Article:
Wayne Beals is a real estate broker and co-founder of the real estate brokerage firm Beals & Associates. He also has experience as a general contractor, landlord and developer. He lives in Maywood with his wife and three children. 

F E A T U R E  E V E N T

Bellwood chamber of commerce

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9 thoughts on “A Tale of Two Properties: How Maywood’s High Taxes Block Business”

  1. I thank you so much for your comments. You seem so knowledgeable. My daughter just moved to this town and has a beautiful bungalow with ridiculous taxes. Thank you for explaining this to us as we didn’t fully understand why Aldi left. Thank you, thank you!

  2. I think you need to investigate the reasons why the tax rate is high. Perhaps the 150+ churches and the other non-profits that own real estate and don’t pay taxes night be a contributing factor. The tax loss has to be made up somewhere.

    1. Indeed the churchs are a BIG problem with the tax base; a few years back one of them bought up a bunch of tax paying houses for more parking, at least an entire blocks worth. As someone else also pointed out–how active are they other than Sunday and what do they give back to the community? hmmmm….thats what I thought. All tax exempt.

      Another big elephant in the room regarding taxes that village management seems to always dodge is the conversion of so many homes into multi unit residences while still paying single family home tax rates. A good portion of it is from absentee landlords that pack 3 or more families into one house (with tons of kids) and some others that move in a bunch of in-laws with their own families, again with lots of kids. No is is trying to be anti kid, but if you put this in perspective that school is about $10-11000/child/year, and now all of a sudden you 8, 10 or 12 kids from 3 different families in a house–do the math: $80,000-120,000 per house in school costs yet the house is still paying only $6-8000 in property tax. If the county wants to allow that OK, but then they better find a way other than property taxes to fund schools.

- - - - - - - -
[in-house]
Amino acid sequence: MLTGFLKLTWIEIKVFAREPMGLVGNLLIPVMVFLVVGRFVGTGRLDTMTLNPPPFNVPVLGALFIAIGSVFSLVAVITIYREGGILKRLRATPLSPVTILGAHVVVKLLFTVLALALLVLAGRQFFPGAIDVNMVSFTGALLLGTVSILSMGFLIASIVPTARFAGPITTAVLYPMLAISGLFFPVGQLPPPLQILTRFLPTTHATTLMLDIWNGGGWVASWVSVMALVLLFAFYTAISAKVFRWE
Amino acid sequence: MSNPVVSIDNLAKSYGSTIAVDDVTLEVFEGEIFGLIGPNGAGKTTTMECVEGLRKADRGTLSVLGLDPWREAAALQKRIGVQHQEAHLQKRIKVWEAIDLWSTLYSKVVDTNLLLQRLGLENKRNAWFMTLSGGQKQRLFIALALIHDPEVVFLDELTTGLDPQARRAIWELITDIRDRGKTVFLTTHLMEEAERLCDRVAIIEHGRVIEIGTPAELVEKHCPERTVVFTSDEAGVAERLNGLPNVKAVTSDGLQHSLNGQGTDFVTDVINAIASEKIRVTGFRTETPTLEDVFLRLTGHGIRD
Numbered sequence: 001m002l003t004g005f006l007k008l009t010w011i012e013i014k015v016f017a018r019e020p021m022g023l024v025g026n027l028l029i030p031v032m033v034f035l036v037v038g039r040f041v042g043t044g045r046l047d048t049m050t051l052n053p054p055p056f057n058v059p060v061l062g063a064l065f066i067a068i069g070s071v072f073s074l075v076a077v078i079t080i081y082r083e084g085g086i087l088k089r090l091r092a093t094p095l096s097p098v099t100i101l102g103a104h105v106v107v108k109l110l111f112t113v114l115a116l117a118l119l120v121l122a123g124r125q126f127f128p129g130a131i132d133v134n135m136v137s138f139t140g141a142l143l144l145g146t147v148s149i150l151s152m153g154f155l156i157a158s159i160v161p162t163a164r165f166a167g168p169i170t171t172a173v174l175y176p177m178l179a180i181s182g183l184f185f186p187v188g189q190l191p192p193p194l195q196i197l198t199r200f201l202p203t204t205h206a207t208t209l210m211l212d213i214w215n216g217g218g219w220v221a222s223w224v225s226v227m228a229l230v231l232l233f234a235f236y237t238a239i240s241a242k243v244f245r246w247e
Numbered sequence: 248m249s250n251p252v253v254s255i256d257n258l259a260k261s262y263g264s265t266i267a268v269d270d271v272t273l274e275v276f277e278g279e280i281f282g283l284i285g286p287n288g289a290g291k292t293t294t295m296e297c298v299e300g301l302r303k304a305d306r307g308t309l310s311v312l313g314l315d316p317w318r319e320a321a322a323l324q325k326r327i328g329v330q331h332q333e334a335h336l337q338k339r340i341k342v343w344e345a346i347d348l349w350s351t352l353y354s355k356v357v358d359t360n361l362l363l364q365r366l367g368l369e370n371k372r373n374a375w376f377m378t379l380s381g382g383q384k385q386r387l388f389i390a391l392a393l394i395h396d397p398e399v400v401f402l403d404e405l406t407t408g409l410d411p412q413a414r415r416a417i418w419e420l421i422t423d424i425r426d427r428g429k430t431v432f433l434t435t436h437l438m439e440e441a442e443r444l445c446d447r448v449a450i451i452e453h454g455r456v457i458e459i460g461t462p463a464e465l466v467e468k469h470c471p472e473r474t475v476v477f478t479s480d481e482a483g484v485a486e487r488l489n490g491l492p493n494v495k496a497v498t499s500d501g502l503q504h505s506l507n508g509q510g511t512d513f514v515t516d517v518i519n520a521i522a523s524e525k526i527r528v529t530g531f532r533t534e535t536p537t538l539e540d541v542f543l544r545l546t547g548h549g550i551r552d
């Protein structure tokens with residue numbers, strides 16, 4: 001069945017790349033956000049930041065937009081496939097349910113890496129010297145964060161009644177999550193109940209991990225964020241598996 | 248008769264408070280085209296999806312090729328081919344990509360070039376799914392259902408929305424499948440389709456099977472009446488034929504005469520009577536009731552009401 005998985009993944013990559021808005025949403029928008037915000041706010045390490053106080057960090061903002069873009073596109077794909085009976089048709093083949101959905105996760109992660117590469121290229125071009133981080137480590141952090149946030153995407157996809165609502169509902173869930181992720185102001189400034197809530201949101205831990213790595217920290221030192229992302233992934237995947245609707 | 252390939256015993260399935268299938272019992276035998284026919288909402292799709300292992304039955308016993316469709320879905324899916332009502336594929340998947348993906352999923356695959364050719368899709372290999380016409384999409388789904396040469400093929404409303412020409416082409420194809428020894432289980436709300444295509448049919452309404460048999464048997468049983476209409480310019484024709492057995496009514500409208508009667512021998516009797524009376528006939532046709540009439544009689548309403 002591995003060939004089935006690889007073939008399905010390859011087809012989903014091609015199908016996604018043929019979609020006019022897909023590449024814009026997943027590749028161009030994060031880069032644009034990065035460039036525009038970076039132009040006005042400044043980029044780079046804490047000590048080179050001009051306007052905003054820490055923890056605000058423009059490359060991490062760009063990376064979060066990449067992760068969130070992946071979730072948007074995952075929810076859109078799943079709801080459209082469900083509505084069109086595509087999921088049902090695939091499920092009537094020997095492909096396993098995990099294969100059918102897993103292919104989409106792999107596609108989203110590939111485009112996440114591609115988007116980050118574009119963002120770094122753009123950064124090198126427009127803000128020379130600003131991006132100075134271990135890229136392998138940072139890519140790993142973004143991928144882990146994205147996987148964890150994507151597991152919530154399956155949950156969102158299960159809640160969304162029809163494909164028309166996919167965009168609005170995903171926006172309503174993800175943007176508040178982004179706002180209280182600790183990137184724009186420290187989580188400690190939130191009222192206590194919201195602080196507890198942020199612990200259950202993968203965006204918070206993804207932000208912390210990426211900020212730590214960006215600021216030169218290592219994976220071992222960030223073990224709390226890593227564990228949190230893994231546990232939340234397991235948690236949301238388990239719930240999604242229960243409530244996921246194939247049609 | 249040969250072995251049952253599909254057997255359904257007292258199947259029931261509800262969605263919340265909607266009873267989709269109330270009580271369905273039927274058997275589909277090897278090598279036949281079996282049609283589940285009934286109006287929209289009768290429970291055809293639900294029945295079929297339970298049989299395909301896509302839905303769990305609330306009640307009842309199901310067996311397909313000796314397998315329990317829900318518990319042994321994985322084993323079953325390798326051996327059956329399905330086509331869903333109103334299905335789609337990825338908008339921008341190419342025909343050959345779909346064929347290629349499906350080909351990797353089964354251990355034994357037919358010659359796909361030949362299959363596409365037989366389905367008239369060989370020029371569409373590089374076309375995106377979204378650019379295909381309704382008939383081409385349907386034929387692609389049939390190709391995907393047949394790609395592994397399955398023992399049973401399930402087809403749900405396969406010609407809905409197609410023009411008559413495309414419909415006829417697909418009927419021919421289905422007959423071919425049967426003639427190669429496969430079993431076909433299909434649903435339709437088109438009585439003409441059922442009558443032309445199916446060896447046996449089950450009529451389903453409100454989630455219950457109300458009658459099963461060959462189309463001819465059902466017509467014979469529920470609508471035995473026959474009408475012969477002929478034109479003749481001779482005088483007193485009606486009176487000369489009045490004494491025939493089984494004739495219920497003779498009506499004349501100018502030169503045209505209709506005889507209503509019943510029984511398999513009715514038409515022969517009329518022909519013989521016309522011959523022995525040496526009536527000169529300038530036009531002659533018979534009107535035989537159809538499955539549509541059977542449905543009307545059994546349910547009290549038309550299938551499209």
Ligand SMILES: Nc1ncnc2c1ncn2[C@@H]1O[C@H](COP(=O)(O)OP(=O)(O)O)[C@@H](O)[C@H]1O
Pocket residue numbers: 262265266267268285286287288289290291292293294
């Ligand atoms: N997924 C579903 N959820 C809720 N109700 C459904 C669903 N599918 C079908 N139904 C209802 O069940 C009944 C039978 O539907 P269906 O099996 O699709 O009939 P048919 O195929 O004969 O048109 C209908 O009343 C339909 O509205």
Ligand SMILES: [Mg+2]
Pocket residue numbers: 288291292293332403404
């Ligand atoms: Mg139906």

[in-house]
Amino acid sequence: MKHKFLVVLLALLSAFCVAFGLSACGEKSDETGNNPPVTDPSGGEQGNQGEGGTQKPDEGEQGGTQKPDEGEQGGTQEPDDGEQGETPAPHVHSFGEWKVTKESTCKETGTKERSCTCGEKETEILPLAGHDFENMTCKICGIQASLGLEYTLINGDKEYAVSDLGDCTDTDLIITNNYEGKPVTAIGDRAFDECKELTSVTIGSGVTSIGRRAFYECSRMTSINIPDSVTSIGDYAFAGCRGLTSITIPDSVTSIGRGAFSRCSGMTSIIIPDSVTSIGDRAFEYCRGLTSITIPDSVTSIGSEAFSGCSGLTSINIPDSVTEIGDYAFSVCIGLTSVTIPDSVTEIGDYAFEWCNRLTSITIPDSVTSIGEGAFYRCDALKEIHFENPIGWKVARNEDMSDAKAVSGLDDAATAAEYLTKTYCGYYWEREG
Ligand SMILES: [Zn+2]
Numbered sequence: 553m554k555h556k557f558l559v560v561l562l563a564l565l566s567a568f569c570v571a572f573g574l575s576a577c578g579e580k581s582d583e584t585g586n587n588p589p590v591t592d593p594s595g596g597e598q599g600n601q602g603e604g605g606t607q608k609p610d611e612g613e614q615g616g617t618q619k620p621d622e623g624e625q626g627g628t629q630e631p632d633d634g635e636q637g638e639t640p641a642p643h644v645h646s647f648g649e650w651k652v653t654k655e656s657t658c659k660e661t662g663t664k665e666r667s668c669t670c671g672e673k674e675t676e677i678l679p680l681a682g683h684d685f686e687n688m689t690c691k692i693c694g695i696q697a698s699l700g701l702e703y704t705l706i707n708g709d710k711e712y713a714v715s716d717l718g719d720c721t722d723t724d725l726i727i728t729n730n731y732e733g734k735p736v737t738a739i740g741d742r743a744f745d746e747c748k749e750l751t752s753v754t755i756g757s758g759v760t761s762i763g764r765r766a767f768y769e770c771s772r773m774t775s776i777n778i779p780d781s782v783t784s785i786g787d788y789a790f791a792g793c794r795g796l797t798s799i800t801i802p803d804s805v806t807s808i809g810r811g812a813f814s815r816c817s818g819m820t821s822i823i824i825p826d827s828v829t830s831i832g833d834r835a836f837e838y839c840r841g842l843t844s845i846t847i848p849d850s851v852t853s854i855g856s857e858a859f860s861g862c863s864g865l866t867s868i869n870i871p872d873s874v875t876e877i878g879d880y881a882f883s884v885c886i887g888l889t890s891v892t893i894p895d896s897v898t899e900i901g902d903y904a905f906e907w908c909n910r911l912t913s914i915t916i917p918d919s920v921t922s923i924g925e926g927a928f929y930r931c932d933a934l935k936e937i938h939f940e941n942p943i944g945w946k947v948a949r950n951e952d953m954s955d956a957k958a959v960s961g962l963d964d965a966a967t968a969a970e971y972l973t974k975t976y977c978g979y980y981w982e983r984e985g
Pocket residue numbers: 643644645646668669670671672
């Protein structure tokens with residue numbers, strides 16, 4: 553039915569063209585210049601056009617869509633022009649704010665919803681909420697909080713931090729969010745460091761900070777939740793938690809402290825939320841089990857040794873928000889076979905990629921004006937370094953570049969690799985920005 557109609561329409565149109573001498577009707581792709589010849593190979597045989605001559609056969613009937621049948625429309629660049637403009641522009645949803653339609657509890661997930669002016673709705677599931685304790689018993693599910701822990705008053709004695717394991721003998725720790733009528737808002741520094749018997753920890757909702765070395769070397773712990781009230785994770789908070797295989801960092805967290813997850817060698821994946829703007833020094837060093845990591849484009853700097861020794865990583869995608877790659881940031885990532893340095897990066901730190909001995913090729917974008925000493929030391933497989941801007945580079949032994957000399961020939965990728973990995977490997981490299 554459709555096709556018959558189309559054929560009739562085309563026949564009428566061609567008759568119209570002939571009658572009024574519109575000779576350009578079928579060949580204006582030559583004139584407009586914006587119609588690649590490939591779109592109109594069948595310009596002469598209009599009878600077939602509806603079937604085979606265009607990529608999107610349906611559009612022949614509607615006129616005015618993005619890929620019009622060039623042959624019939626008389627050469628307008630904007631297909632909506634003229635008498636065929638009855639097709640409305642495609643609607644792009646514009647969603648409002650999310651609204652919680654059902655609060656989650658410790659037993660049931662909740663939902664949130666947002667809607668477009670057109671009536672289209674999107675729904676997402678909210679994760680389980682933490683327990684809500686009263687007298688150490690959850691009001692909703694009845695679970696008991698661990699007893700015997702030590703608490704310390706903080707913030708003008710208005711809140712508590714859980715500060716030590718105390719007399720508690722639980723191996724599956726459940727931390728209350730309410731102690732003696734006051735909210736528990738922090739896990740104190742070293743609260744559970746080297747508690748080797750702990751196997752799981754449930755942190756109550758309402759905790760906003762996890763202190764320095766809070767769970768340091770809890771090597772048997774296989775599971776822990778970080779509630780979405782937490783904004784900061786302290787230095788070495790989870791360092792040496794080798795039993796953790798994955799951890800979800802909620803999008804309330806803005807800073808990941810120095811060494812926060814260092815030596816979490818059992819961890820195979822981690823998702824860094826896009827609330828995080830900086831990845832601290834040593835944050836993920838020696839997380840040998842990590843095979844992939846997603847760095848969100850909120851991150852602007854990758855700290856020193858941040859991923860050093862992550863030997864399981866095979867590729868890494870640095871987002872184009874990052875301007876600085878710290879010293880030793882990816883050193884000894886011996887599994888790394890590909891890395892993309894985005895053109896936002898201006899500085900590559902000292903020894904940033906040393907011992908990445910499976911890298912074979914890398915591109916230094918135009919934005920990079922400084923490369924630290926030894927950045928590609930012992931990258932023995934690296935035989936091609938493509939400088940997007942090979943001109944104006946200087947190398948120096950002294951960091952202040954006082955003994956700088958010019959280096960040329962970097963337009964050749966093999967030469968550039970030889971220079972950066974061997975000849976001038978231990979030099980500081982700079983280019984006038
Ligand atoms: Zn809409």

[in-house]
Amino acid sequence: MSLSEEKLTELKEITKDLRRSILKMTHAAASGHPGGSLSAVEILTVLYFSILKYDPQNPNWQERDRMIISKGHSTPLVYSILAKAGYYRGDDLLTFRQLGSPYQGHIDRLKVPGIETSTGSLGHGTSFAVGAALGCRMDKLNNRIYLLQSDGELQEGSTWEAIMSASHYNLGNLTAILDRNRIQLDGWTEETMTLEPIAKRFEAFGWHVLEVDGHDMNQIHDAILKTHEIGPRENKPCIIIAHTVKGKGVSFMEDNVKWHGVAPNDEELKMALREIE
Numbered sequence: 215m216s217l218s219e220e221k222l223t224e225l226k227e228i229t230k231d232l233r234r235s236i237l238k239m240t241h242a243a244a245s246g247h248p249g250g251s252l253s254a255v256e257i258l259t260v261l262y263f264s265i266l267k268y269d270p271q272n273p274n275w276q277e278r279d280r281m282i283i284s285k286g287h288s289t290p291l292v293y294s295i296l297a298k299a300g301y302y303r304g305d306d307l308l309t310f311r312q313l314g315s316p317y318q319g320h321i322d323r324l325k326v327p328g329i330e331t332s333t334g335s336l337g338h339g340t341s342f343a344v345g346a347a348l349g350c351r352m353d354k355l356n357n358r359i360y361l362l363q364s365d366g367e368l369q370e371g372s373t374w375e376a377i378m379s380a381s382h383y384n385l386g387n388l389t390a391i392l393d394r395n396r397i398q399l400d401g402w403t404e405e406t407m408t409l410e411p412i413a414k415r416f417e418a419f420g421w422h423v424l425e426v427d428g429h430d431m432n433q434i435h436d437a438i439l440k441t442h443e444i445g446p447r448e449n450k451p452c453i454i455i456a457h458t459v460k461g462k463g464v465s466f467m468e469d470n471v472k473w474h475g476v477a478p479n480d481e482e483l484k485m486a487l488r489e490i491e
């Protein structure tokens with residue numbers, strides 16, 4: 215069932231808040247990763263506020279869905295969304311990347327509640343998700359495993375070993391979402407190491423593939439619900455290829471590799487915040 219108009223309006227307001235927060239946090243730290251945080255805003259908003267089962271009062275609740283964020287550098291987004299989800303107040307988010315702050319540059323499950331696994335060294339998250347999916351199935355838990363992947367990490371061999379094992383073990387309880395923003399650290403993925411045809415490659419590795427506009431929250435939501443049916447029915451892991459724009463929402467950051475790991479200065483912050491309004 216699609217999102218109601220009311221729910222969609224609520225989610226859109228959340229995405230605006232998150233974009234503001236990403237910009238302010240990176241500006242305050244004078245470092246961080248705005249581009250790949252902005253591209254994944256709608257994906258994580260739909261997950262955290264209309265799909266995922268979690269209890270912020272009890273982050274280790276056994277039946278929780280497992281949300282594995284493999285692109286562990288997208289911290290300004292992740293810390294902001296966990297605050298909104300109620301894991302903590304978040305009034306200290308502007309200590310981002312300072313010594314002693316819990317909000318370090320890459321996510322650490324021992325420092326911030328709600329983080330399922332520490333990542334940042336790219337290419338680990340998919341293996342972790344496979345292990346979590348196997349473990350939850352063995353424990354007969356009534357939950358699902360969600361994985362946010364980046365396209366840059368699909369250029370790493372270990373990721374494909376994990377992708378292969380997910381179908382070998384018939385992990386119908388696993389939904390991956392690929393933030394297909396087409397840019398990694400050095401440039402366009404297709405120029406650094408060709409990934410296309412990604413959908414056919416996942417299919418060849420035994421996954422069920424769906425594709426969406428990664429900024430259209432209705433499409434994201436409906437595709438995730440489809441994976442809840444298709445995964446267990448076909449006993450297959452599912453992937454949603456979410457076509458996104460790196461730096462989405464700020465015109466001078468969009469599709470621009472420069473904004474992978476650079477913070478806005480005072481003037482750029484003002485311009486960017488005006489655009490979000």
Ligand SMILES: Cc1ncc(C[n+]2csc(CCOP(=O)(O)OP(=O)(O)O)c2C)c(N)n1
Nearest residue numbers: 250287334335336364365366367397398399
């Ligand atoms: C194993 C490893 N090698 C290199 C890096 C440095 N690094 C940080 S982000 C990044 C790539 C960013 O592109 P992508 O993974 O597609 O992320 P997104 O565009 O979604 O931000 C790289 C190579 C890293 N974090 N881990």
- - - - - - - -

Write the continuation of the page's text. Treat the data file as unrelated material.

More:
As we also know absentee landlords take minimal care of the property, at best, so what does that do to he rest of our property values?

  3. If you give to big of incentive, like not paying taxes for 13 years, it only hurt the village. Aldi saved all they tax money an build a much larger Aldi in broadview. Aldi has not provided any jobs for the people in the village, they only had 3 cash registers an a payroll for 6 people. We need much bigger business in town with less incentives, but more jobs.

    1. This has a lot to do with the mis-management of the village. New leadership hasn’t changed anything. More than 15 years ago, i tried to purchase a vacant to build a house. For two years, i filed applications repeatedly and was always rejected. Found out later as i purchased an older home in Maywood that it was purchased someone with other connections. This village has shown over the years, that they have no interest in increasing their tax dollars through commercial ventures and providing better services.